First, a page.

Happy Bloomsday

 

James Joyce

James Joyce

Today, as James Joyce fans worldwide know, is Bloomsday. (If you don’t know, June 16th is when Joyce’s work, Ulysses, takes place.) I’ve been a Joyce fan since, during sophomore year in college, I read it twice, in two different courses.

Thanks to a theatrically-connected friend, I went to the Bloomsday Breakfast, an annual event at NYC’s Bloom’s Tavern. After downing a Bloody Mary (9 AM is a bit out of my usual range but for Joyce…)  we ate scrambled eggs, sausage and hash brown potatoes. Afterwards, smiling and nodding at all those in period costume, we went upstairs to hear readers of  Joyce’s work including Malachy McCourt and his brother Alfie, Colin Broderick, Jim Norton, Charlotte Moore, Terry Donnelly, Brenda Meaney, Fiona Walsh and, to mark the end, Fionnula Flanagan who, as always, read the Molly Bloom sequence that ends in “yes, yes, yes” (part of why the book was considered obscene back in the day.) Tonight, Fionula will read it again at Symphony Space with other Irish talent.

The event is sponsored by Origin Theater, Origin logoan organization that brings “European” playwrights work (largely Irish) to American audiences. Origin also sponsors the annual Irish Festival. Much of their work is wonderful.

Fionula Flanagan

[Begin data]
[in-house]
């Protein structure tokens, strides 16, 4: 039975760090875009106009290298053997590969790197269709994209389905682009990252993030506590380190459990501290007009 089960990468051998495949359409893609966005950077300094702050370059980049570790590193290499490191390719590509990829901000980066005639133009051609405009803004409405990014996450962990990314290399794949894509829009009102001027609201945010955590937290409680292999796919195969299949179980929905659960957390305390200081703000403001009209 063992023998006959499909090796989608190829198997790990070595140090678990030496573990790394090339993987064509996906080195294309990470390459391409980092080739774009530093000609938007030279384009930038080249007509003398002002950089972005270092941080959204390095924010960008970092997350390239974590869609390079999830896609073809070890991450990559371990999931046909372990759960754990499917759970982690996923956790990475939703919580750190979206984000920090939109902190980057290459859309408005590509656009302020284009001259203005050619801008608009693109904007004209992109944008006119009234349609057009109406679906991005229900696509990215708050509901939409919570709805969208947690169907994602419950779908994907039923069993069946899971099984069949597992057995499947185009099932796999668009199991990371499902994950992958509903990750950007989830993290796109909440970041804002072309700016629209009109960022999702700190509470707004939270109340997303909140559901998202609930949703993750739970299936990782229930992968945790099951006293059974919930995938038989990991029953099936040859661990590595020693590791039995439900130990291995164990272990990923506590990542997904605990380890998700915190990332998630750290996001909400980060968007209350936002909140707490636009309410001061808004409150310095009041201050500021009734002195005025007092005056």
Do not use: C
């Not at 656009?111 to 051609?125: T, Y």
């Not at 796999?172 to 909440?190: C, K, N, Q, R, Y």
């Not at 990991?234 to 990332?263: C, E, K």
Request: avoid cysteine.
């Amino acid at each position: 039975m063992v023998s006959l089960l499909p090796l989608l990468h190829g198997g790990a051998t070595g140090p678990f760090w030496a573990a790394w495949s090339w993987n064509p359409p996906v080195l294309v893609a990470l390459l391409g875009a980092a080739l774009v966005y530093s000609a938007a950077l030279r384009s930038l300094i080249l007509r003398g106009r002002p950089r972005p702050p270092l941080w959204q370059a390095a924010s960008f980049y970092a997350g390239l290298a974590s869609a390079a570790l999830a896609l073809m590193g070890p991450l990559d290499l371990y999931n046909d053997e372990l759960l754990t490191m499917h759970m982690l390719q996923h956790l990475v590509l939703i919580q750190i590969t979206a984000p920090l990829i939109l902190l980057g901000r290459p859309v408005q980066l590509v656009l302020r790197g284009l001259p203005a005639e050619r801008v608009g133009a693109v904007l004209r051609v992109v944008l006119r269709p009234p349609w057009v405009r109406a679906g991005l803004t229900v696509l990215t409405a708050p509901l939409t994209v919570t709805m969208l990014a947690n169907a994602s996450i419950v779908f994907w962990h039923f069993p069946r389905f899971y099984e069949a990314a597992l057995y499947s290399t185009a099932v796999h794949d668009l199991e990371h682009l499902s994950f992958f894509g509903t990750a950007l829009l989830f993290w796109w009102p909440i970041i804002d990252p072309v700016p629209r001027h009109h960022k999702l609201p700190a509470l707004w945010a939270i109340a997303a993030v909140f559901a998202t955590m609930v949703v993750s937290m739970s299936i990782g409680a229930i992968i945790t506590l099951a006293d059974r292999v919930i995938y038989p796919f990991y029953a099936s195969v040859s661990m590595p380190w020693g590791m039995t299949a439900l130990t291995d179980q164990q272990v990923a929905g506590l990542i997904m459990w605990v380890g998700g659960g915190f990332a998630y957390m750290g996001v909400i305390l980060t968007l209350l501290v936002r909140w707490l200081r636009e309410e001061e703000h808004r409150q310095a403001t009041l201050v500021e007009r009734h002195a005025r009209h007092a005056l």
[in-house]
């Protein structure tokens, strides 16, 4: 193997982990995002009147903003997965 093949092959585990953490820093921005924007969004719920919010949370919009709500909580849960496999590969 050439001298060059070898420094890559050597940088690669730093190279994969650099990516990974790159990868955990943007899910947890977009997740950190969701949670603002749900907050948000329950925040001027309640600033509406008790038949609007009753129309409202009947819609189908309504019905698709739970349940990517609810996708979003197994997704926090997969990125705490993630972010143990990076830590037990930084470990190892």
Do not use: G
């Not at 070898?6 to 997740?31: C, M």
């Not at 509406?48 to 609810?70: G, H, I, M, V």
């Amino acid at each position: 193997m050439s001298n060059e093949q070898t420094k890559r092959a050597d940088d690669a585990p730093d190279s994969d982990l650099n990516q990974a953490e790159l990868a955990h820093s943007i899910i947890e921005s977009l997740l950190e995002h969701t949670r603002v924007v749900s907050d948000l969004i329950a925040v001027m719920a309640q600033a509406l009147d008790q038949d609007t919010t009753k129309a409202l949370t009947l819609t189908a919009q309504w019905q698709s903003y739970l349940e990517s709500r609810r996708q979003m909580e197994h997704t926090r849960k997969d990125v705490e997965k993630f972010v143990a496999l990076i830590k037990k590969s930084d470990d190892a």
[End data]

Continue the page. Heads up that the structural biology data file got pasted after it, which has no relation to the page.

Fionula Flanagan

This is a recipe for colcannon, a mixture of mashed potatoes with greens that can be kale, cabbage or whatever takes your fancy. It goes with anything, especially a glass of Guinness.

colcannon

Colcannon

4 russet potatoes (2 to 2 1/2 pounds), (note to US readers: we call these baking potatoes) peeled and cut into large chunks

Salt

5-6 Tbsp unsalted butter (with more butter for serving)

3 lightly packed cups of chopped kale, cabbage, chard, or other leafy green

3 green onions minced (about 1/2 cup)

1 cup milk or cream (my take on this is that cream is really what’s intended but if you’re watching calories….)

Put the potatoes in a medium pot and cover with cold water by at least an inch. Add 2 tablespoons of salt, and bring to a boil.

Boil until the potatoes are fork tender (15 to 20 minutes). Drain in a colander.

Return the pot to the stove and set over medium-high heat. Melt the butter in the pot and once it’s hot, add the greens. Cook 3-4 minutes or until greens are wilted and have given off some of their water.

Add green onions and cook 1 minute more.

Pour in milk or cream, mix well, and add potatoes. Reduce heat to medium.

Use a fork or potato masher mash the potatoes, mixing them up with the greens.

Add salt to taste and serve hot, with a lump (the Irish would say a “knob”)  of butter in the center.

Raise a glass to Joyce who never saw a drink he could resist.

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